Aims Anxiety, depression, accelerated cognitive decline, and increased risk of dementia are observed in individuals with type 2 diabetes. Anxiety and depression may contribute to lower performance on cognitive tests and differences in neuroimaging observed in individuals with type 2 diabetes. Methods These relationships were assessed in 655 European Americans with type 2 diabetes from 504 Diabetes Heart Study families. Participants completed cognitive testing, brain magnetic resonance imaging, the Brief Symptom Inventory Anxiety subscale, and the Center for Epidemiologic Studies Depression-10. Results In analyses adjusted for age, sex, educational attainment, and use of psychotropic medications, individuals with comorbid anxiety and depression symptoms had lower performance on all cognitive testing measures assessed (p ≤ 0.005). Those with both anxiety and depression also had increased white matter lesion volume (p = 0.015), decreased gray matter cerebral blood flow (p = 4.43 10- 6), decreased gray matter volume (p = 0.002), increased white and gray matter mean diffusivity (p ≤ 0.001), and decreased white matter fractional anisotropy (p = 7.79 × 10- 4). These associations were somewhat attenuated upon further adjustment for health status related covariates. Conclusions Comorbid anxiety and depression symptoms were associated with cognitive performance and brain structure in a European American cohort with type 2 diabetes.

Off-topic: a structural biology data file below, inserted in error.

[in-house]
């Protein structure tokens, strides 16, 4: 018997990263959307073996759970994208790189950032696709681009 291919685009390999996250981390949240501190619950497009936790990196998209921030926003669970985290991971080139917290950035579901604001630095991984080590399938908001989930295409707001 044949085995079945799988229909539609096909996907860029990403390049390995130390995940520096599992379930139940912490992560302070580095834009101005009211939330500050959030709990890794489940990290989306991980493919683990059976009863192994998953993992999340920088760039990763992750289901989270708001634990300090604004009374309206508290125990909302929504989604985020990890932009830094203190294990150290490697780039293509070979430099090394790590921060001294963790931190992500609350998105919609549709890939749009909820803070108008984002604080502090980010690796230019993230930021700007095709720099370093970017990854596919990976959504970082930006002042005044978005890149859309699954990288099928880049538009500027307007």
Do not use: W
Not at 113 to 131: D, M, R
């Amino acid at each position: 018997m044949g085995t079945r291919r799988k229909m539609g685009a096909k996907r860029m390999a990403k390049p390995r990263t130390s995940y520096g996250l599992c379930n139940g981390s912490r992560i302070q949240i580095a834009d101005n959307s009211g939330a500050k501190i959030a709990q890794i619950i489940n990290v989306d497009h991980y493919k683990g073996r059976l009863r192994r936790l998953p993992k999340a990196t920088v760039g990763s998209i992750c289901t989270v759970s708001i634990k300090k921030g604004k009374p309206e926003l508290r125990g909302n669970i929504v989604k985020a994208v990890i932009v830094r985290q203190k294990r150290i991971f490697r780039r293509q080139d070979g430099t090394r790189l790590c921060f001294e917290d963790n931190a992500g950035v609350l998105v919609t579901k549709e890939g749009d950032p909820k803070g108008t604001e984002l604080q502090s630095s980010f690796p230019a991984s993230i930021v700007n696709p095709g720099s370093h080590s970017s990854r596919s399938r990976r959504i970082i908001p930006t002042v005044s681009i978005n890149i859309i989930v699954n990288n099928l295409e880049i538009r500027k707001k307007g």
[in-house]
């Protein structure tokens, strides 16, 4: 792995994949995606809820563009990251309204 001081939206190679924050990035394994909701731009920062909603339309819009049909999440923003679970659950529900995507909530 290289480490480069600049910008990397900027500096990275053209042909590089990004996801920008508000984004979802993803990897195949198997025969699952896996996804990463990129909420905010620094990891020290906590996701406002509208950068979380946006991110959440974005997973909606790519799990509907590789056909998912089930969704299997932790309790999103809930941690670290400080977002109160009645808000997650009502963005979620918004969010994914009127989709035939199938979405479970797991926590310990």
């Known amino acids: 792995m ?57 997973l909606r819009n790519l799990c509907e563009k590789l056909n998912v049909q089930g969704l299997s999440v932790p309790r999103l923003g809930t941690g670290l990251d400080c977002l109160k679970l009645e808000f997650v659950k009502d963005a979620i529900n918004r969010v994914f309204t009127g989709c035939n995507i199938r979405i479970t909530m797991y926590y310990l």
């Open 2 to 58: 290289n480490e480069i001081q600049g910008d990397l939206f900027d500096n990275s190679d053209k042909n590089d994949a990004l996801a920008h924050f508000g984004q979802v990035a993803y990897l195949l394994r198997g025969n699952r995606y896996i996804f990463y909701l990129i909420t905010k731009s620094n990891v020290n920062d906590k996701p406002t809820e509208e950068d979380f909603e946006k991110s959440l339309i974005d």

- Magnetic resonance imaging
- Type 2 diabetes
ASJC Scopus subject areas
- Internal Medicine
- Endocrinology, Diabetes and Metabolism